Pro tip: rinse your cup with warm water before inserting to act as lubrication or insert your menstrual cup in the shower to help you (and your vaginal muscles) relax. This can be especially helpful when first learning to use a menstrual cup.

 how to use a menstrual cup

To remove, gently pinch the base of the cup to break the suction seal that was formed, empty contents, rinse cup and reinsert. 

When in use, the cup will contour and move with your body during physical activities. There’s little to no sensation of the cup when properly inserted. In fact, most women forget they’re wearing it.

how to use a menstrual cup

How long can you leave a menstrual cup in?

Wear time for a menstrual cup varies from user to user––mostly depending on how heavy your menstrual flow is. VOXAPOD menstrual cup should be emptied at least every 12 hours. If you have a really heavy flow or heavy flow days, you may find you need to empty it more frequently on those days.

It can be worn overnight, during workouts, showering or bathing and doesn’t need to be removed when going to the bathroom.

How do you clean a menstrual cup?

Before you first use a new menstrual cup or between cycles, you should sterilize your menstrual cup by fully submerging it in boiling water for 5-7 minutes. If using immediately, run cold water over the menstrual cup to bring it to a comfortable temperature for insertion. Otherwise, allow the cup to cool and completely air-dry before storing.

 how to use a menstrual cup

During your cycle, rinse your menstrual cup with cold water first (to help prevent discoloration) and then wash it with warm water before and after each use. If water is not available, you can wipe the cup with a clean tissue or empty and reinsert directly, rinsing at the next opportunity.

How do you clean a menstrual cup in a public bathroom? 

Because you can wear most menstrual cups for up to 12 hours, you’ll rarely (if ever) need to change it in a public bathroom, but if you do––don’t worry––it’s pretty easy. 

You can either take a water bottle into the stall with you and give it a quick rinse over the toilet before reinserting, or you can empty it and wipe out the inside with toilet paper before reinserting, or just dump and reinsert rinsing at your next opportunity. 

Remember, the outside of the cup has your natural lubrication on it, while the menstrual flow is contained inside of the cup, and silicone repels liquid––which means it’s not a messy ordeal like you might’ve thought it would be.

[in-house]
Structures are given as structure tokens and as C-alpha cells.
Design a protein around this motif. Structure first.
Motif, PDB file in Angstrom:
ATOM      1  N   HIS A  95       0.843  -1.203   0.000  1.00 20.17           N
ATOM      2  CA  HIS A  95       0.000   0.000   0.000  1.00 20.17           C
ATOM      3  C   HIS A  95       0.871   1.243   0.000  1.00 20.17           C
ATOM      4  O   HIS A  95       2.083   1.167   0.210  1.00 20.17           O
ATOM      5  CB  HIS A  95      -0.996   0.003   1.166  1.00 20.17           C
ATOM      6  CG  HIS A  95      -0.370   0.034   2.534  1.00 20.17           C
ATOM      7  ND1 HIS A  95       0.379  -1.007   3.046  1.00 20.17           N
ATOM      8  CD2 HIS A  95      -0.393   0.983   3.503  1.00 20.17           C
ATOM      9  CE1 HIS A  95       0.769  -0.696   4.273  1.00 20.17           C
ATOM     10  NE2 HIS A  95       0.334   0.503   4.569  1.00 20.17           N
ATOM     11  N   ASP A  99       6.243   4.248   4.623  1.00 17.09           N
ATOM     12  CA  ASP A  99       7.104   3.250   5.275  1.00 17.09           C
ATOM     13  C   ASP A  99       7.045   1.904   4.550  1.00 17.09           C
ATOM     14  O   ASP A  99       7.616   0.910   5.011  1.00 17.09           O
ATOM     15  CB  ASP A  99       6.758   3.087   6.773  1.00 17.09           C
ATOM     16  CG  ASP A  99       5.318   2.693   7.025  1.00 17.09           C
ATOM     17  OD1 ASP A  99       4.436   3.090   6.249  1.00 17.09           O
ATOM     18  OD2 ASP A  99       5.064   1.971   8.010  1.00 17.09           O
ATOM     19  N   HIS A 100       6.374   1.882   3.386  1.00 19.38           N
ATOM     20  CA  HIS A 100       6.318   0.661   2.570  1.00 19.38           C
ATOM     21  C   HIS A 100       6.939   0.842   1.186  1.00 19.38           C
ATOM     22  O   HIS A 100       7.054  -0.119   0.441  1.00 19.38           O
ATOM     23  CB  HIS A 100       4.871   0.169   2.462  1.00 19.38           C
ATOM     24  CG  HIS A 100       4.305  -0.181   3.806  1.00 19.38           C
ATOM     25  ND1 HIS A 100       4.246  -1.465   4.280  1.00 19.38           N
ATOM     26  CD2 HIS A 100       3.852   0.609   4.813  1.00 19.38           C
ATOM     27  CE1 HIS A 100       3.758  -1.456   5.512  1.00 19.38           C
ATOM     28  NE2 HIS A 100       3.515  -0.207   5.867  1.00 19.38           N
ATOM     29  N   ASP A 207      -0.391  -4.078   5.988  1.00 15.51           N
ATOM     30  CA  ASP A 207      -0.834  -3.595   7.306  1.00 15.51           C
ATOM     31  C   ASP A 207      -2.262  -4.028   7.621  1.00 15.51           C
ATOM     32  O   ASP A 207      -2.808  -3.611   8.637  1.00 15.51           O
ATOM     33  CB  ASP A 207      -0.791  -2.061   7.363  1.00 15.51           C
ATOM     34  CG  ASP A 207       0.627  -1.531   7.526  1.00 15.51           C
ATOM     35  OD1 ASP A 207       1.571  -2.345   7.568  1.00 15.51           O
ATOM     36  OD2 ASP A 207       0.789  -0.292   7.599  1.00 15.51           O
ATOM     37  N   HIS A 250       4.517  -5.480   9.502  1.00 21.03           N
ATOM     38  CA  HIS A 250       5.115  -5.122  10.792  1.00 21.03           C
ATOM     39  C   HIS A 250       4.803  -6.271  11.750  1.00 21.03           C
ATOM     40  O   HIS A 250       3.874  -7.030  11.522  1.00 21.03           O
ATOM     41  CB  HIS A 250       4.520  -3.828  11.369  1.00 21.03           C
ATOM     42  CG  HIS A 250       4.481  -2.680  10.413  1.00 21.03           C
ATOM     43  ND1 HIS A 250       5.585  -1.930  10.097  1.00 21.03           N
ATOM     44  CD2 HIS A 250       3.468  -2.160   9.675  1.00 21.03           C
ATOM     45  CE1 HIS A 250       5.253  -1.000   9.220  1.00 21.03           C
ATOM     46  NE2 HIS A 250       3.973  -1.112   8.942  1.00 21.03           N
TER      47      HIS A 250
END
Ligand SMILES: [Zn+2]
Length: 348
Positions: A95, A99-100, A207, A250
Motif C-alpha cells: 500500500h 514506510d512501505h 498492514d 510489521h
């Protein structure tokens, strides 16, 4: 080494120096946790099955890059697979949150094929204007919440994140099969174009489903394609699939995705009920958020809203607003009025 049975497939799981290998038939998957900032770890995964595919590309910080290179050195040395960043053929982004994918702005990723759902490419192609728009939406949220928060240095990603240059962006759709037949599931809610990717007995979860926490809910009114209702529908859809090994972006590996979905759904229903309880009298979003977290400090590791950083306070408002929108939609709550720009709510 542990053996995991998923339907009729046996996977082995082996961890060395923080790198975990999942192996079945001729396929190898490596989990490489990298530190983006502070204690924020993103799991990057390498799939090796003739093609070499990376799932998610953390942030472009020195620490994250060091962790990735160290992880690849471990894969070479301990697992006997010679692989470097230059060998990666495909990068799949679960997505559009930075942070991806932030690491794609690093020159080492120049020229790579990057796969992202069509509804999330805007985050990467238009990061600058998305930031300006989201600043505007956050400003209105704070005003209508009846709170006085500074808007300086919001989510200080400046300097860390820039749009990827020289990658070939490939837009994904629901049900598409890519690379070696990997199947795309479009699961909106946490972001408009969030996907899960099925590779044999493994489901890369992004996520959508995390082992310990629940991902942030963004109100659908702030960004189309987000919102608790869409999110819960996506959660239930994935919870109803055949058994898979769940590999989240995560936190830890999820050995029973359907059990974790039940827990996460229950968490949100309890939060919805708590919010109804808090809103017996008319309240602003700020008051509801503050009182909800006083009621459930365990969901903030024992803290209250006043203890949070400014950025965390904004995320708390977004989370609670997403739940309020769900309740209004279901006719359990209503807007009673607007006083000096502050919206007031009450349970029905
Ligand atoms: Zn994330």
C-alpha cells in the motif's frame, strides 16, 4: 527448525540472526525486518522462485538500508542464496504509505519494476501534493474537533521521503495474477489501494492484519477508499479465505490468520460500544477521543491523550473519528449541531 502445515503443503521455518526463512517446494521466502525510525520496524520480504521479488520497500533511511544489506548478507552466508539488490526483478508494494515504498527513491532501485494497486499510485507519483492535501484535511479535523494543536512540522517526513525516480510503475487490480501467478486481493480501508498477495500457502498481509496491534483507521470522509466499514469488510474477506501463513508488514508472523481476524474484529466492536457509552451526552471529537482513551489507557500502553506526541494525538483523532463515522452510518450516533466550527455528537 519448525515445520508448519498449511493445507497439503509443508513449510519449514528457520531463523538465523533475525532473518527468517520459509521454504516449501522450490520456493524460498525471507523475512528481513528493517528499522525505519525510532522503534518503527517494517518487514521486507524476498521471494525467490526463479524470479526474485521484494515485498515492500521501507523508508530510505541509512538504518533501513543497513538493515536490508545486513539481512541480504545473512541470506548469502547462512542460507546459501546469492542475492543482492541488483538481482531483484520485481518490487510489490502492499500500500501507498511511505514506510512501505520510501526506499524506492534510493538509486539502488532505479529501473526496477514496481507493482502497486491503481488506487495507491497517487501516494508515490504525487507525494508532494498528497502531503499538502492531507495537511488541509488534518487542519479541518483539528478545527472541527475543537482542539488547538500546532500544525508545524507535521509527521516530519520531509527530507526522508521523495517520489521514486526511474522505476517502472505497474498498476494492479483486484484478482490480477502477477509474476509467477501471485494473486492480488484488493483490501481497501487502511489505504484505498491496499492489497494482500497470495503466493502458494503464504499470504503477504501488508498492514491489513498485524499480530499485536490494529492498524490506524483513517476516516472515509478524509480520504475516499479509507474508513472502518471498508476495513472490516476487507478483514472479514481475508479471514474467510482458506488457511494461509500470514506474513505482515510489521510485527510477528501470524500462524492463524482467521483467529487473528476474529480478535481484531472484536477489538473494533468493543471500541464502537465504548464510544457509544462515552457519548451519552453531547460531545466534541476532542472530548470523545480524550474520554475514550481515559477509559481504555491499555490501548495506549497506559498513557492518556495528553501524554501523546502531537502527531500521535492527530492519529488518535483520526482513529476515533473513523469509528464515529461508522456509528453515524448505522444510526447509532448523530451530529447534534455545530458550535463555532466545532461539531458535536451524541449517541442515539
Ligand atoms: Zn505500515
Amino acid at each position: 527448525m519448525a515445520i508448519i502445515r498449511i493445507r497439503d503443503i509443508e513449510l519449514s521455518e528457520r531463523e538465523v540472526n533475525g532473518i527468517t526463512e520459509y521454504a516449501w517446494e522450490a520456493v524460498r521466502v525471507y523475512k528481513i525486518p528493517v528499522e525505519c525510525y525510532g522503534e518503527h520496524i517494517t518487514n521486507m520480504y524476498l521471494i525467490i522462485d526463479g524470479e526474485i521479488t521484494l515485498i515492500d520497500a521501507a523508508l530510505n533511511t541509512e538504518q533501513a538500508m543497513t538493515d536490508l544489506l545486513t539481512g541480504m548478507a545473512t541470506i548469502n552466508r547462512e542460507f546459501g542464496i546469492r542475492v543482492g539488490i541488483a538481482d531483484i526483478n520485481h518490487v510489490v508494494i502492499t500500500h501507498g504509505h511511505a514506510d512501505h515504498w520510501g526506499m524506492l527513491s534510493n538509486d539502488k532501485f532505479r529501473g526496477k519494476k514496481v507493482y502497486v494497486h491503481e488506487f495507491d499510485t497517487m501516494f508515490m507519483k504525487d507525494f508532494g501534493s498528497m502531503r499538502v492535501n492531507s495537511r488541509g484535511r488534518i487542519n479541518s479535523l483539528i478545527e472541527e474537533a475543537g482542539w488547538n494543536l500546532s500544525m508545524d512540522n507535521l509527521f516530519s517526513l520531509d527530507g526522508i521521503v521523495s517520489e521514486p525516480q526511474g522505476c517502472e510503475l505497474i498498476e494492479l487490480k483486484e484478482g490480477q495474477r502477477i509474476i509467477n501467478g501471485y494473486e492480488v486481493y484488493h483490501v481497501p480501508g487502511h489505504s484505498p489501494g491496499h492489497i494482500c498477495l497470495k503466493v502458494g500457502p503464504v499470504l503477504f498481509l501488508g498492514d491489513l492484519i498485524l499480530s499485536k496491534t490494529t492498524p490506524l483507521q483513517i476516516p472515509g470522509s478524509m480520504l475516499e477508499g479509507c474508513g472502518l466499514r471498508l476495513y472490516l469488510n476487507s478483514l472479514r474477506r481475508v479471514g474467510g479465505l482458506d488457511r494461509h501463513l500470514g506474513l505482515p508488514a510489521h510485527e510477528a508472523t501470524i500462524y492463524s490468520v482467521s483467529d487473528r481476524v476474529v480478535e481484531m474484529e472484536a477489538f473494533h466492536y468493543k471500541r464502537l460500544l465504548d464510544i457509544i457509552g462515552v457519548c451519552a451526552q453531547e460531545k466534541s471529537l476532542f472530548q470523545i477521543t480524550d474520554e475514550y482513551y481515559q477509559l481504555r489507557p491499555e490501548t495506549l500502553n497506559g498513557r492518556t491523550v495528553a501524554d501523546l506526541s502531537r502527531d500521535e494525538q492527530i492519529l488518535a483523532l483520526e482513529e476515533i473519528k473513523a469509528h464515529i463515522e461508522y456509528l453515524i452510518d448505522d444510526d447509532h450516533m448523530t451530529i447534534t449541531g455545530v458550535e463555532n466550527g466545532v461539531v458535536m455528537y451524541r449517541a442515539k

For more great tips on how to manage a menstrual cup in a public bathroom, we’ve got’em for you here.

As a benefit corporation, how is VOXAPOD making a difference?

Working to eradicate the gender gap was always at the heart of creating VOXAPOD. There’s an astonishing amount of girls that miss or drop out of school as a result of not having access to safe and affordable period care. When girls don’t have access to period care, they use unsafe materials like mud, leaves or dirty rags––risking infection.

We know the single most powerful way to combat poverty in the world is through educating girls. When girls complete secondary school, they will marry 4 years later, have 2.2 less children, earn higher wages, have healthier families and reinvest 90% of their earnings back into their locality. When we meet the menstrual health need of a girl, we not only give her a chance at education, but we radically expand her ability to impact her community, both economically and socially. 

At VOXAPOD, we donate cups and a portion of every purchase to meet the period care needs of girls in the developing world and here at home, so they can stay in school or go to work. No one should be denied opportunity because of their biology.

Ready to give it a try?

VOXAPOD was kind enough to offer everyone 20% off your purchase! Use code SHARETHELOVE at checkout. You can shop the goods here

You can learn more or get involved by following us on facebook or instagram or email us at standup@voxapod.com.


Amanda is a humanitarian, self-proclaimed anthropologist, and mediocre ukulele player. When not adventuring outdoors with her daughters or satiating her epicurean food addiction, her passion is in eradicating the gender gap from a systemic and research-based approach. She believes in the power of diversity and bringing people and resources together to create a more powerful and effective impact.